The trouble with paid social is tracking the customer journey from click to brick. Facebook thinks it has the answer to this problem and is in the process of revamping its offers program.
Core updates include:
- Bookmark: People can easily claim an offer on mobile or on desktop and it will automatically save to their new Offers bookmark.
- Reminders: People will get reminders across devices about their saved offers, such as when one is about to expire.
- Coupon codes: Advertisers will be able to generate unique coupon codes for each person who claims an offer (coming soon).
- Redeem an offer anywhere: People can paste their offer code during online checkout, or they can access a code on their mobile device during in-store checkout (coming soon).
Source: Social times
The new feature update aims to make it easier for advertisers to reach customers via mobile. ‘Offers’ can be used online or at point-of-sale, through an Offers ad or via a brand’s Facebook Page.
Brands can now add an “Offers” tab to their page so that page visitors can browse through the businesses past offers.
Facebook has previously relied on third-party data providers data provider partners, like Datalogix and Acxiom, to track consumers’ offline purchase behaviour.
But Facebook’s biggest hurdle for tracking the whole customer journey was jumped when it teamed up with point-of-sale systems like POS systems, Square and Marketo. These partnerships have allowed Facebook to track consumer be on a purchase behaviour and even store visits through mobile GPS tracking.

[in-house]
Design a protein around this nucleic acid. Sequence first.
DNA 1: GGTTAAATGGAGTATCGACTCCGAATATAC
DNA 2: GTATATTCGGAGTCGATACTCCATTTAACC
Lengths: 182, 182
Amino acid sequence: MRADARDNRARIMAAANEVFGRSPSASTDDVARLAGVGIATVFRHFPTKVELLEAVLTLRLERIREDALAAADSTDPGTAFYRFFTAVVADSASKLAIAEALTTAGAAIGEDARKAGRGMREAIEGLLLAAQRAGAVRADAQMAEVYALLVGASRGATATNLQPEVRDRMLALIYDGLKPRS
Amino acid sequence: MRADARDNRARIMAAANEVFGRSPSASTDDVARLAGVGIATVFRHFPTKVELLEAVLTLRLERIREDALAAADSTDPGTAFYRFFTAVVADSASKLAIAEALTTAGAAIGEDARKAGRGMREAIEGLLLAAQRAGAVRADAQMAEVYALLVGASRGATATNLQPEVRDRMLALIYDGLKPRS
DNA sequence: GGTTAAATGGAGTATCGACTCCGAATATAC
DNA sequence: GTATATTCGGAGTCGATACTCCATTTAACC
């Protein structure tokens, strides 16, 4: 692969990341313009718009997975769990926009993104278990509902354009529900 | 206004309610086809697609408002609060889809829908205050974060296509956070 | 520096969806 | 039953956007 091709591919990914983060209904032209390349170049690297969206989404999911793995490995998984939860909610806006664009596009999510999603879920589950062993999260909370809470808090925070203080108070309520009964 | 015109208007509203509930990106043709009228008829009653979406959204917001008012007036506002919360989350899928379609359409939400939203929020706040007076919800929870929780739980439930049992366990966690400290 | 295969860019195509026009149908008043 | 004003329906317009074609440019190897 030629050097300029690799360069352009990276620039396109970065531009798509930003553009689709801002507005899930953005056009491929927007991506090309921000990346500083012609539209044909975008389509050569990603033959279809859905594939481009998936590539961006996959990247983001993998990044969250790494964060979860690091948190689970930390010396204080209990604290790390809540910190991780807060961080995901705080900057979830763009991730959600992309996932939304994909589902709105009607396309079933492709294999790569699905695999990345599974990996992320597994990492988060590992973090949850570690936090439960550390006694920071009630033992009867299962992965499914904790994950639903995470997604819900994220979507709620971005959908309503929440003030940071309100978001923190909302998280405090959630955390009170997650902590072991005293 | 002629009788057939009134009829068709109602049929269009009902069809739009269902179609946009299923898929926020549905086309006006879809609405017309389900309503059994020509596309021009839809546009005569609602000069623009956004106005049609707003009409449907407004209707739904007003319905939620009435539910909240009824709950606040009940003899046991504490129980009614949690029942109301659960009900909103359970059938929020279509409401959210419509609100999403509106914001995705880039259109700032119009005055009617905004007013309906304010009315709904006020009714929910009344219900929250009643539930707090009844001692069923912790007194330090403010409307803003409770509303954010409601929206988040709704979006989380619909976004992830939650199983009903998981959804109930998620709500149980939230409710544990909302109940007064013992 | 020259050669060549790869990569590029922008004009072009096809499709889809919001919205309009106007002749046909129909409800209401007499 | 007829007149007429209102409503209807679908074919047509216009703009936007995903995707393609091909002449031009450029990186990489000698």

Although these partnerships have helped Facebook better track consumer behaviour, the new offer will help bridge the gap between click to brick.
The new mobile friendly ‘Offer’ feature will allow consumers to display discount codes on their phone at the till, which connects the Facebook offer to final purchase.
The social media giant has also announced plans to bring out unique offer codes that allow advertisers to target individuals with bespoke offers, to prevent mass distribution on voucher site.
The update is definitely a big step in the right direction, but it does raise a few questions.
- How useful will the offer feature be to businesses without CRMs?
- Is the voucher culture strong enough in the UK?
- How much will website traffic be affected if users no longer have to visit a site?
- Is Facebooks 2nd hand data worth more than that collected through a brand’s website?